With its infectious dance rhythms and plenty of larger-than-life characters, Puccini’s La rondine was an excellent choice for the students of the Royal Conservatoire of Scotland to end their year. It is a demanding opera requiring a large orchestra and cast, and with its full period costumes and sets, this was a very stylish production indeed.

In 1913 Puccini was commissioned by Vienna’s Carltheater to write a Viennese operetta, but without dialogue. La rondine (The Swallow) was finished in 1916, but the First World War and rejection of the opera by Riccordi’s son, Tito, meant that it received its première in neutral Monte Carlo. The opera is a late work written after La fanciulla del West and ahead of Il trittico and Turandot and continues to be eclipsed by Puccini’s ‘big three’. The fact that the composer rewrote the work three times over the following four years, sometimes with completely different endings, suggests that he was never completely happy with the result.  

This story of misplaced love centres on Magda, star stage performer at the Grand Guignol theatre in Pigalle, run by her patron Rambaldo. Magda falls in love with a stranger – Ruggero – and pursues him in disguise to Bullier's nightclub, where she is spotted by her dresser Lisette on her night off. There is a showdown and the lovers run off to a new life together on the French Riviera, but their happiness can’t last.

 Designers Guiseppe and Emma Belli have had a huge amount of fun with this production. A sumptuous theatre set of backstage paraphernalia including clothes rails, make up dressing tables, upright rehearsal piano, chaise longue and even a bakelite phone provided a brilliantly louche setting for Act I.

 After the show, a trio of girls (Yvette, Bianca and Suzy) are changing out of their burlesque costumes while the poet Prunier sings a song about the fictional Doretta looking for love, and Magda finishes the story for him. Various men hang about, and Lisette announces that a stranger is outside. Rather like the café scene in La bohème, at times there were many disjointed vignettes all going on at once, and director Benjamin Davis used both sides of the stage well to separate out the action, yet allowing the main set pieces to shine through.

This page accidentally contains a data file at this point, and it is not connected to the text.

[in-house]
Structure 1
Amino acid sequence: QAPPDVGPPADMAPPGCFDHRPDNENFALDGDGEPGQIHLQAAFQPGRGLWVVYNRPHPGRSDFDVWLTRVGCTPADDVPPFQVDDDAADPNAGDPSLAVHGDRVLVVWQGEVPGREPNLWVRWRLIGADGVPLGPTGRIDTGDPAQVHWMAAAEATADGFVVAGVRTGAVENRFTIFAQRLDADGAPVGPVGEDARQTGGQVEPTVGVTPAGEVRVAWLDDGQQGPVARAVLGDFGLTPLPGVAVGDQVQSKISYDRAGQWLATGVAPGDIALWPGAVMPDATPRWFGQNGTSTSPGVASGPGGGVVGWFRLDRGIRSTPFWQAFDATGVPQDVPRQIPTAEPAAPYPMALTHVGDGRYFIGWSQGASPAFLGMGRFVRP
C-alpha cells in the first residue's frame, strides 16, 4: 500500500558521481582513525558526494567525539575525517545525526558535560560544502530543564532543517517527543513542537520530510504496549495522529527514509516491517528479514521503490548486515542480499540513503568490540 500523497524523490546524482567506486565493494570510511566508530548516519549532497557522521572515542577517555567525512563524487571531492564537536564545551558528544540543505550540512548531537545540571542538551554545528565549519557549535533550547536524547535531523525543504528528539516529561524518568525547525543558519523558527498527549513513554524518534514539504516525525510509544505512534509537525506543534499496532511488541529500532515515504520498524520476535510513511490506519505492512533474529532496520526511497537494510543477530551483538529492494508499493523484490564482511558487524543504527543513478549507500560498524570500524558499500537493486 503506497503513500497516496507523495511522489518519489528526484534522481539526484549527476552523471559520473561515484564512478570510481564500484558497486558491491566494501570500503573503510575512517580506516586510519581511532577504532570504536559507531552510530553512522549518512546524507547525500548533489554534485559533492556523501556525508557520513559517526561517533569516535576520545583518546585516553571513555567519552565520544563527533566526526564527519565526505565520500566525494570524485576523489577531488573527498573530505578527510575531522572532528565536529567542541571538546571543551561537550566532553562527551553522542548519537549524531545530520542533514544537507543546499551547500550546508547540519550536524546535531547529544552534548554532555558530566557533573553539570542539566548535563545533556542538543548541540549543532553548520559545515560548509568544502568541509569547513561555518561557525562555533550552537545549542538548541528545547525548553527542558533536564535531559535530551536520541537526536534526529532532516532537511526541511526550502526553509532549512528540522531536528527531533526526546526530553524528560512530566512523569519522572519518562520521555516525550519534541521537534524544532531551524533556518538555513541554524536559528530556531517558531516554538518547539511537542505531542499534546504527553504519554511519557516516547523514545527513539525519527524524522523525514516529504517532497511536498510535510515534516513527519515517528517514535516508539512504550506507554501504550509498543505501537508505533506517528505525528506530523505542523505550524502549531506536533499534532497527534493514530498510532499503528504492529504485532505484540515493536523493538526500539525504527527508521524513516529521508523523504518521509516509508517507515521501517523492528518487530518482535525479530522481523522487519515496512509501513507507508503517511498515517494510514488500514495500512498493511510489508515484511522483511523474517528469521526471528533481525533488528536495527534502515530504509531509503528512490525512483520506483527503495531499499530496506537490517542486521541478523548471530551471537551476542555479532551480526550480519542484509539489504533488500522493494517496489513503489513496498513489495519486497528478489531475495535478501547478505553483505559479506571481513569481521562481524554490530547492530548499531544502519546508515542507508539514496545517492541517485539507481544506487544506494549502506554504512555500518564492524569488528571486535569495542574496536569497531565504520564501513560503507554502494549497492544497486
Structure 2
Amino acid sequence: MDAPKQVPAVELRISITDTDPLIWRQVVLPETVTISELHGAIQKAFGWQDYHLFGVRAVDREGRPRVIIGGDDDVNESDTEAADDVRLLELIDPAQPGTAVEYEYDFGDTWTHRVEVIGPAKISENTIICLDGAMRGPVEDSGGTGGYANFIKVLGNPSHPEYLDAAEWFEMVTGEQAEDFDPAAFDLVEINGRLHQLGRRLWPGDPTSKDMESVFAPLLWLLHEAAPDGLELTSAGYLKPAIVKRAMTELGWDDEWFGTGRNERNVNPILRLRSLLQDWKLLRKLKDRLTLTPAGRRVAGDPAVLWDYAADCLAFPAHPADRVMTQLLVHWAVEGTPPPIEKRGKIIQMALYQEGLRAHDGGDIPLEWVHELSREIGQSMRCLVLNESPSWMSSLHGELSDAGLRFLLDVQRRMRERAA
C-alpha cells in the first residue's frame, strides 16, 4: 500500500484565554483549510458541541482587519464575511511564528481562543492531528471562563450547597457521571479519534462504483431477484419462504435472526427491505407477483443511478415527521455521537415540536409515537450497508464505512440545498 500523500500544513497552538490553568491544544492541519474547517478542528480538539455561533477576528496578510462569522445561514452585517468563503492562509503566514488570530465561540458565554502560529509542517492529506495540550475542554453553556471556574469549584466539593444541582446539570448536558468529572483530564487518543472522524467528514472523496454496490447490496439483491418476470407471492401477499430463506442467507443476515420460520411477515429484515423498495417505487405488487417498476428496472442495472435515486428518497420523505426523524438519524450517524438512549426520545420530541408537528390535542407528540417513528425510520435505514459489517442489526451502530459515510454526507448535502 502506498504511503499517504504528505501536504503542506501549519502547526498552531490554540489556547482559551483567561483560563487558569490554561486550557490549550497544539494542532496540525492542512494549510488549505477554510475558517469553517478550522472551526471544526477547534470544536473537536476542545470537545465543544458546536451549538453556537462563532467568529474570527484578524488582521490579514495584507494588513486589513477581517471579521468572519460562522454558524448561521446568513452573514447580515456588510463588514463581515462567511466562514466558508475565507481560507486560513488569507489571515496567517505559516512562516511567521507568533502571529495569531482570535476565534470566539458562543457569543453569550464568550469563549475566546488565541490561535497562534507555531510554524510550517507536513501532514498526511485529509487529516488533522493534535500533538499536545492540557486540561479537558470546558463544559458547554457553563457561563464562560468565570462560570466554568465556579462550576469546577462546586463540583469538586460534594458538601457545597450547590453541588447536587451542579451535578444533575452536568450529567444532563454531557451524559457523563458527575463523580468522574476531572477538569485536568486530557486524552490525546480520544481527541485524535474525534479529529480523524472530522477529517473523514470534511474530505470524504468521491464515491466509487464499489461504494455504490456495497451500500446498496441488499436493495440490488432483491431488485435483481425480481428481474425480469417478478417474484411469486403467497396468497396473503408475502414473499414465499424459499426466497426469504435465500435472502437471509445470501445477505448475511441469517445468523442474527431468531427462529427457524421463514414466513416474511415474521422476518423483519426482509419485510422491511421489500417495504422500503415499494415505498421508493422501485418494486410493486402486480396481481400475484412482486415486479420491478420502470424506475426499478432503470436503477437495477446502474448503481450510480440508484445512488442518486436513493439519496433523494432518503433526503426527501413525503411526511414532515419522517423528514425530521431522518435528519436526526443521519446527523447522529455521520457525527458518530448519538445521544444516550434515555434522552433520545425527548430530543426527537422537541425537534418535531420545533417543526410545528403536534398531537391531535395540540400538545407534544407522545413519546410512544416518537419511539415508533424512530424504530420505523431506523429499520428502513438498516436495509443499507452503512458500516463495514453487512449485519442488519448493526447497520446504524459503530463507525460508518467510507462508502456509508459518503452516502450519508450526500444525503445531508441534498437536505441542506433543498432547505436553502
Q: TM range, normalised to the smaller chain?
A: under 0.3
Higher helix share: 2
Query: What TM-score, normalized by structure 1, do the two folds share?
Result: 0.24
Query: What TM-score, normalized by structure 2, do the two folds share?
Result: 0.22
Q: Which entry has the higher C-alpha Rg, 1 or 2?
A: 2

Bullier’s nightclub in a splendid centrepiece to the opera, was a riot of tables, chairs, coloured lanterns and people seriously enjoying themselves as everyone partied towards dawn. It was a magnificent spectacle to watch as the partygoers ebbed and flowed to and from various tables, flirting, ordering more wine, sometimes falling out and dancing wonderfully. Ruggero and Magda (in disguise as Paulette) fall in love and are last to leave as waiters stack chairs, clear tables and an offstage girl sings to the dawn.

Finally, on the French Riviera, we meet Magda and Ruggero with their money running out. The set is sparse, with cushions and sunshine, but an overturned table and fire bucket tell us that all is not going well. Lisette has been persuaded by Prunier to try her hand at singing, but after a disastrous night in Nice, they both arrive pursuing Magda. However, Magda has not been truthful about her background, and when a letter from Ruggero’s mother arrives, she realises that she cannot be accepted into his family. Paris beckons and like The Swallow of the title, she returns, leaving Ruggero distraught.

This production has several parts double-cast, and on the opening night, Ragnheiður Oladottir was an impressive Magda with Joseph Oparamanuike a lovely sung poet Prunier. Arshak Kuzikyan oozed malevolent power as Rambaldo and Andreas Backlund was the smitten lover Ruggero. Barbara Cole Walton sang the entertainingly skittish maid Lisette.

While there were a few uncertain moments at times, the singing and acting from the general ensemble more than held this well-directed production together. In the pit, Oliver Rundell drew out many colours from the large student orchestra, and balanced the sound well.

La rondine is not a perfect piece by any means, and one longs for the music to really take off at times. The ending is weak and fizzles out, and you can understand why the composer wanted to revisit it. That said, there was a lot to like from this big-hearted production which gave the students onstage, in the pit and backstage a valuable chance to work with a talented production team.